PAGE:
Media Beat

Special to The Putnam Pit
How important is the pain of the past? Should people strive
to confront it or try to forget it?
Such questions routinely underlie news stories and media
debates. Depending on the spin, history can seem crucial or
irrelevant to the present. In deep ways, the past is far from
over. But commentators often claim that we should just move on
and let bygones be bygones.
Lately, world attention has been riveted on former Chilean
dictator Augusto Pinochet and the possibility that -- a quarter
of a century after he seized power from Chile's democratically
elected government -- the general may face prosecution for his
Since Pinochet's arrest, news outlets in Chile have been
delving into horrible truths about the 17 years of his brutal
regime. Meanwhile, the media discussions in the United States
have been more restrained.
The political repression overseen by Gen. Pinochet --
including widespread torture and the murders of more than 3,000
Chilean people -- did not only result from the policies of the
junta in Santiago. Top officials in Washington were also directly
A recent New York Times article mentioned "some uneasiness
in Washington with the idea that former government leaders can be
held responsible by foreign courts." According to the news
account, a Boston-based law professor worried aloud: "What's to
prevent Spain from extraditing Henry Kissinger, who was involved
in the coup?"
A few days later, Times reporter Barbara Crossette observed
that "efforts to subordinate national sovereignty to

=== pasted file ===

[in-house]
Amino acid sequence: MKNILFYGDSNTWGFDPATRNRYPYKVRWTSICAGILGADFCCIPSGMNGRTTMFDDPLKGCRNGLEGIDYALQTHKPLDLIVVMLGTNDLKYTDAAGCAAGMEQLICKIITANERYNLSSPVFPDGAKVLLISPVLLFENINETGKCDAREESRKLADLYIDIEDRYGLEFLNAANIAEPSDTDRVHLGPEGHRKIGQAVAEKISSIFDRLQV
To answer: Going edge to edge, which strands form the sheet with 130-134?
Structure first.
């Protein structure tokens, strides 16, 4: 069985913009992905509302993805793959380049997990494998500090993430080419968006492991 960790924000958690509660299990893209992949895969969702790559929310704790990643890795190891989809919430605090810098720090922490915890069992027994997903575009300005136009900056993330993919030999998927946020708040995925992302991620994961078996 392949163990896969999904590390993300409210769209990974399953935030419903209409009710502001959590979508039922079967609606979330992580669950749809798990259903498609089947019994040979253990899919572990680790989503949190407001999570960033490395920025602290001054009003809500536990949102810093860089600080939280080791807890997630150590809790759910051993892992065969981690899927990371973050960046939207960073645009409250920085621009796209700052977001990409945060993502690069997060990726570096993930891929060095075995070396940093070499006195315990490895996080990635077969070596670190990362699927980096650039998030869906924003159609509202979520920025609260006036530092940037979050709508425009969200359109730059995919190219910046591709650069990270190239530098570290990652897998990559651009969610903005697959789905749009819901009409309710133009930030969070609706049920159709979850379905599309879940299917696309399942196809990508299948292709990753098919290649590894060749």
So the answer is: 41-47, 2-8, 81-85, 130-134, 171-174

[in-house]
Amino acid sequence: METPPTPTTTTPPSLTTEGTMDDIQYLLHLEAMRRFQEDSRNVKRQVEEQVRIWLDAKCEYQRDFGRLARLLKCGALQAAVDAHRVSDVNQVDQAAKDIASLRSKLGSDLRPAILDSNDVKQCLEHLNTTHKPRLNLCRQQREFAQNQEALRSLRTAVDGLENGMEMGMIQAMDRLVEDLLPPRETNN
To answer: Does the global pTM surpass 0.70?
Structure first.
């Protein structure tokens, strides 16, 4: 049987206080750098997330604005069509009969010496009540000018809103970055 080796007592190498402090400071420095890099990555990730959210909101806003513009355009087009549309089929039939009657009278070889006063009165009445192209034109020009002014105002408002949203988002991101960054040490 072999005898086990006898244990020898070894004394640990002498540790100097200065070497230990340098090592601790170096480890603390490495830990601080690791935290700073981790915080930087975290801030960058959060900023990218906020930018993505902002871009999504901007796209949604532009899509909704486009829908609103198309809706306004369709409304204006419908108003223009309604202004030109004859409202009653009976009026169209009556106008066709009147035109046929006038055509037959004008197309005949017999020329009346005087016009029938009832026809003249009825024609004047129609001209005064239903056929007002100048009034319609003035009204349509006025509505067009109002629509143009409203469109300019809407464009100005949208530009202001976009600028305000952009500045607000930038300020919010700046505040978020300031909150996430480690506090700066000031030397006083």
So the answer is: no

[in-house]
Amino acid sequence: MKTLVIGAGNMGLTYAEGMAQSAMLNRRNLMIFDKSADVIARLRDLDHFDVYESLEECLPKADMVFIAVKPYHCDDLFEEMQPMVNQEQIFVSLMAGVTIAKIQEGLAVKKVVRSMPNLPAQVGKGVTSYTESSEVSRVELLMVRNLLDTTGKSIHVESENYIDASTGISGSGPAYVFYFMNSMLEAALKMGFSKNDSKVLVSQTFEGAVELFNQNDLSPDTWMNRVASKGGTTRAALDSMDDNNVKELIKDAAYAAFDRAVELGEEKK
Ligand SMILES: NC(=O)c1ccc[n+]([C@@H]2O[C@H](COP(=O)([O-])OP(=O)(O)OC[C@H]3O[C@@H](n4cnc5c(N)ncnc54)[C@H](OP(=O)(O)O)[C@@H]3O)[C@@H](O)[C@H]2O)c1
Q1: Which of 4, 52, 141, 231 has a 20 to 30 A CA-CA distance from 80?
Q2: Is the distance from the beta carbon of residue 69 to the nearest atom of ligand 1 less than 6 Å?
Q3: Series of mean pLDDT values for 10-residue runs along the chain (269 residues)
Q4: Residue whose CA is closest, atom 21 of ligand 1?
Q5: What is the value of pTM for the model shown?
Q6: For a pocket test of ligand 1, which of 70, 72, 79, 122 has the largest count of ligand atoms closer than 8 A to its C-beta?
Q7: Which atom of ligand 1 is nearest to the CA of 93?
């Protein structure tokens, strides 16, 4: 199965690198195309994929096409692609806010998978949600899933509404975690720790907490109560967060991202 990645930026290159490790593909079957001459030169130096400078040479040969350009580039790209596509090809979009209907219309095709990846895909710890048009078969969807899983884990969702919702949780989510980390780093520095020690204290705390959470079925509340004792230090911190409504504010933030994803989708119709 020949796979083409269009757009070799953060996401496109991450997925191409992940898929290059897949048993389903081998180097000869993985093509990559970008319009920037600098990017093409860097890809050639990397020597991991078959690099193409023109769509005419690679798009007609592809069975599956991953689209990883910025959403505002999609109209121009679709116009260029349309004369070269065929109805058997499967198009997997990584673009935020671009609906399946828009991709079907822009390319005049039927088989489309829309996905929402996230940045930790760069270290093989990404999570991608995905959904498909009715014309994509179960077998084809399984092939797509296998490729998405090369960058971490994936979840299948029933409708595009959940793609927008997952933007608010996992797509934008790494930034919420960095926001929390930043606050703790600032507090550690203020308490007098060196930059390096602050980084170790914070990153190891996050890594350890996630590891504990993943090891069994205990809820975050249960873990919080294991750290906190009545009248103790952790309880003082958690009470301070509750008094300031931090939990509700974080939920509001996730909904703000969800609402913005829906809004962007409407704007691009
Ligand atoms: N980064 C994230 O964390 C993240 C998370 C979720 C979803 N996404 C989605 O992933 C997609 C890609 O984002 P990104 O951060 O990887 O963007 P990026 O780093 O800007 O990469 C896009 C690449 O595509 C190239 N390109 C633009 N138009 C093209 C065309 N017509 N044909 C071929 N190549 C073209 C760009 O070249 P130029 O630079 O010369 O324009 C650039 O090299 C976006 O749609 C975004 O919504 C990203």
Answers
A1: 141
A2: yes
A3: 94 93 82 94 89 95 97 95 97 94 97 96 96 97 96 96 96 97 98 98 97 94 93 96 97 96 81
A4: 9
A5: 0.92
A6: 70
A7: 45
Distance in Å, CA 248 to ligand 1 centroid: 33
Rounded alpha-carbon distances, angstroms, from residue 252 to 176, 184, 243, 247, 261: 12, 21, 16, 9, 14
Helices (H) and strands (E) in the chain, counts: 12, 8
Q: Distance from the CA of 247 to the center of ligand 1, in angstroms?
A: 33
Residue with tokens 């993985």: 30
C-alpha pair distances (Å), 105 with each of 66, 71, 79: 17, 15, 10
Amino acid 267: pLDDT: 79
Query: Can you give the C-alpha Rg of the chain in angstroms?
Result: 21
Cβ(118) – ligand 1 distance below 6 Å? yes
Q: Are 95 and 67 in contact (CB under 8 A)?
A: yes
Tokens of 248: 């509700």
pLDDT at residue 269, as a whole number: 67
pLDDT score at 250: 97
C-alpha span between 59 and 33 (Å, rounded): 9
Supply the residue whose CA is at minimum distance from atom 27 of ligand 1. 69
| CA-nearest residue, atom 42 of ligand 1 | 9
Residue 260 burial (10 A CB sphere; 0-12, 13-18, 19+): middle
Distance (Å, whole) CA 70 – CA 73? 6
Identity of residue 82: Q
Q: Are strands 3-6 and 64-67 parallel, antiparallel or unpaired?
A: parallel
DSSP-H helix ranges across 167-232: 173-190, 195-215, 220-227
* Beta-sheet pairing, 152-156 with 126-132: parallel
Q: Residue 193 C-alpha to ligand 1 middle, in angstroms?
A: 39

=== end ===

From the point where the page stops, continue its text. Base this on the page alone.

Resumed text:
internationalist notions of universal crimes are especially
tricky for the United States." She added: "Suppose Cambodians
decided to indict Henry Kissinger on charges of ordering the
bombing of their country during the Vietnam War?"
Those kinds of scenarios are far-fetched nightmares for many
in the U.S. media elite -- such as Ted Koppel, who long ago
declared himself "proud to be a friend of Henry Kissinger." The
ABC newsman has ranked his pal as "certainly one of the two or
three great secretaries of state of our century."
Likewise, for the past three decades, Washington Post
Company owner Katharine Graham has counted Kissinger among her
closest friends. Any detention of Kissinger on charges of war
crimes would probably also distress the movers and shakers at
CBS, where he has served on the board of directors.
It's easy to toss off platitudes about people in another
society -- how they should face up to their past. But it's always
much more difficult to implement such principles closer to home.
So, Kissinger has never been compelled to answer for his role as
a key architect of policies that caused a total of more than 1
million deaths in Chile, Vietnam, Laos, Cambodia, East Timor and
Kissinger, of course, remains free to live in luxury and
travel as he pleases.
Shortly after Pinochet's arrest, the Chilean writer Ariel
Dorfman penned an open letter to him that appeared in the Spanish
newspaper El Pais and has now been excerpted in the December
issue of The Progressive magazine.
"What I have wanted to see for 25 years now -- and I still
have a hard time believing that it might be about to happen -- is
that before your death you will be forced to look with your blue
eyes into the dark and light eyes of the women whose sons and
husbands and fathers and brothers you made disappear, one woman
after another," Dorfman wrote. "I want for them to have the
chance to tell you how their lives were fractured and torn apart
by an order that you gave, or by the `action' of the secret
police that you chose not to stop. I have asked myself what would
happen to you if you were forced to hear day after day the
multiple stories of your victims and to acknowledge their
Here at home, in the United States, we may cheer about
Pinochet's belated legal difficulties. But we could render a
valuable service by demanding that the news media finally expose
a wide range of deceptions that have never been given a proper
Norman Solomon is co-author of "Wizards of Media Oz: Behind the
Curtain of Mainstream News" and author of "The Trouble With
Dilbert: How Corporate Culture Gets the Last Laugh."
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